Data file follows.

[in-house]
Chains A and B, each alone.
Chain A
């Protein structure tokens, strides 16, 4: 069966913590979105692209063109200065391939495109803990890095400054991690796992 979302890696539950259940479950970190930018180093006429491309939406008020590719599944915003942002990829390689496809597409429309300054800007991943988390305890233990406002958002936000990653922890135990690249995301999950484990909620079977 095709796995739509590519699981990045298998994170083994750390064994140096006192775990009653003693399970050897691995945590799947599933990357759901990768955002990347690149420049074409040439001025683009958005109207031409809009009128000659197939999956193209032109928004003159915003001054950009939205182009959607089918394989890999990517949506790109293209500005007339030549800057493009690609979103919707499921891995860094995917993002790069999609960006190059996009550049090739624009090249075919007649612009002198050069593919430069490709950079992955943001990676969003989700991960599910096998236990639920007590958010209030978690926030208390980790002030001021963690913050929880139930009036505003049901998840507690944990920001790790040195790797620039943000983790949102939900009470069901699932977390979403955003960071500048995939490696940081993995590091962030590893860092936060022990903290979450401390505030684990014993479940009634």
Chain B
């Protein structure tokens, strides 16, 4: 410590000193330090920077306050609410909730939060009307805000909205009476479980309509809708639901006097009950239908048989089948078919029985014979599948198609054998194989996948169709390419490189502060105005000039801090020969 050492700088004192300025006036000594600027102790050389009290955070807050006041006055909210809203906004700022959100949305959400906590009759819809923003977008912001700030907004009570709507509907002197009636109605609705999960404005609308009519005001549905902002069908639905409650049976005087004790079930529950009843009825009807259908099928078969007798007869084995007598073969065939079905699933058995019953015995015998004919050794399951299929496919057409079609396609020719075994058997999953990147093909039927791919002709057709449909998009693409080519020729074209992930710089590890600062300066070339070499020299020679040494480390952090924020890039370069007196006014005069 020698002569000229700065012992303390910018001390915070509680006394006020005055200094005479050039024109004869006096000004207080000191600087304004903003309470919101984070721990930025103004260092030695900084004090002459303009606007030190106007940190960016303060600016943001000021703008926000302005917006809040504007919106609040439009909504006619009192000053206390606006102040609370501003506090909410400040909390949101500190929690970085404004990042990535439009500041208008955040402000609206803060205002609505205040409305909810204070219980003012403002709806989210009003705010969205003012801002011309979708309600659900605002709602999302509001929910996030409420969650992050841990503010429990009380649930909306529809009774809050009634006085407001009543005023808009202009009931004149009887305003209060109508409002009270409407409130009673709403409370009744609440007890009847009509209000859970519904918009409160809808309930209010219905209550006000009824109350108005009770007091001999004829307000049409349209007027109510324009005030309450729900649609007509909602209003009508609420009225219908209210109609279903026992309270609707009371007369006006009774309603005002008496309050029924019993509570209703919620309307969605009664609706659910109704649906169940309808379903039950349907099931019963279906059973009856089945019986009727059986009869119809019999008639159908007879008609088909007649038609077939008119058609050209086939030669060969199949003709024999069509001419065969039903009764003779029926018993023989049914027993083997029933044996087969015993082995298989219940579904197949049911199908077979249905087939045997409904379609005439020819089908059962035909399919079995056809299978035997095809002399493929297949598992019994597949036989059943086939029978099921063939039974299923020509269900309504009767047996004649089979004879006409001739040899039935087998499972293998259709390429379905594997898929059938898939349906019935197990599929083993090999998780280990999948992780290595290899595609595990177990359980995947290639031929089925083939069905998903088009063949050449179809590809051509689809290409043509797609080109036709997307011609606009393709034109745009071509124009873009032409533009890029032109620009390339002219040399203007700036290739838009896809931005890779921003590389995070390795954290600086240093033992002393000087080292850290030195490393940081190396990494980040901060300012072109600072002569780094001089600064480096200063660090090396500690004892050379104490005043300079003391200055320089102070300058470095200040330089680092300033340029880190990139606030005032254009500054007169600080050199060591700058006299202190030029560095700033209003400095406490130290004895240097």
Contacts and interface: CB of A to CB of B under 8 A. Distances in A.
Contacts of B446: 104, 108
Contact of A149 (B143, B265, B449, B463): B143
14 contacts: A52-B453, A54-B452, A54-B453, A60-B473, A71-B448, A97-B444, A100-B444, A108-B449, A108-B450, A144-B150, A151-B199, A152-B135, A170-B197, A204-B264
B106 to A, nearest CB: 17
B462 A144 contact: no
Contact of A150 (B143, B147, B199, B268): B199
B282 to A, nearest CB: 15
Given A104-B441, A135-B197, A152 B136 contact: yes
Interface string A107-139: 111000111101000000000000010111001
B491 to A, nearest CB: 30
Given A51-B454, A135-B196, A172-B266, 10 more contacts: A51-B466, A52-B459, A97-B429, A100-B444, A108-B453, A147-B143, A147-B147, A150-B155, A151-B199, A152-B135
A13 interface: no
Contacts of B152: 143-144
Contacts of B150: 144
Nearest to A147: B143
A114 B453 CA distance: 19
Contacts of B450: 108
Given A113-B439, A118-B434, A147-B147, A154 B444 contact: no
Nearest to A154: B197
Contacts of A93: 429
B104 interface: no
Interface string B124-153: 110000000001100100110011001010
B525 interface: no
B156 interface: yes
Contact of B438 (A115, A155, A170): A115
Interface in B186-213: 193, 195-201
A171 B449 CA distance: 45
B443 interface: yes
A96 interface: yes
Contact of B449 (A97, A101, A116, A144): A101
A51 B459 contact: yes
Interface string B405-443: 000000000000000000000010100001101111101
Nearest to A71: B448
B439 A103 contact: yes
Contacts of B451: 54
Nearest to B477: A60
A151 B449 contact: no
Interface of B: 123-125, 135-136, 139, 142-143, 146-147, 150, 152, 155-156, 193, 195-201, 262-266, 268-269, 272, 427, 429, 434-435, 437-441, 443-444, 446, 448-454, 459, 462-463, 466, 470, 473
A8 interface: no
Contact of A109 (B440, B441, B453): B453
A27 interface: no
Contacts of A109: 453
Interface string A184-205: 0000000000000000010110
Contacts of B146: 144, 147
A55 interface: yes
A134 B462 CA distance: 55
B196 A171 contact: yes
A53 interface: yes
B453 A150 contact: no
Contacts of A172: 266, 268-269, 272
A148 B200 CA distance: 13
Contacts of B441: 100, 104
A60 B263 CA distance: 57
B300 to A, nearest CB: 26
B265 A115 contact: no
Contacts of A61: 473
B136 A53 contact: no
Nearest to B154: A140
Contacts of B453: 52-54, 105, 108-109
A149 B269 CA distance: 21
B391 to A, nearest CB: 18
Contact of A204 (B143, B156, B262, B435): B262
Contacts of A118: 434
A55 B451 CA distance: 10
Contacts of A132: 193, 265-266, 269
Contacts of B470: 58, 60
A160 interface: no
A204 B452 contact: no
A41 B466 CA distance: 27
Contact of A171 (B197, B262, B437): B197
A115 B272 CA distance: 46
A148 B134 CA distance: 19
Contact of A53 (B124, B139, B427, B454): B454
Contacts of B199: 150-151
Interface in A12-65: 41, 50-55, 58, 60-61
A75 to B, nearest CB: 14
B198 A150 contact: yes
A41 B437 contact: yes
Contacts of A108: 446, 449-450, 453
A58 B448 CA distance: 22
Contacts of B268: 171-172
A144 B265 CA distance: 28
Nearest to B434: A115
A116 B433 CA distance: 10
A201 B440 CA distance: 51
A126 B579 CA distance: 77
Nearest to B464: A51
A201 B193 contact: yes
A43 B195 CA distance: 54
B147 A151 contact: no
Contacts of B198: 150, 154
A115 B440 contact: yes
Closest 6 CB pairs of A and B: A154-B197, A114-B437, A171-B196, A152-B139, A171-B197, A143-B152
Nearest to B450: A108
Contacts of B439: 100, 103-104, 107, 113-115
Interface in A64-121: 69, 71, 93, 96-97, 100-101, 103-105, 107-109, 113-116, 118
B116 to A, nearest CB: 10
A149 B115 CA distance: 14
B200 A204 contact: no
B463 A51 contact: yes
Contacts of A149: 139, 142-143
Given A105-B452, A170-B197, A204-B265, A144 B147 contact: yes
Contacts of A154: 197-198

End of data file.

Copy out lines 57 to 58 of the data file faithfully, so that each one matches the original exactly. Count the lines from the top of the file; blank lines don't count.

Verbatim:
Contacts of A172: 266, 268-269, 272
A148 B200 CA distance: 13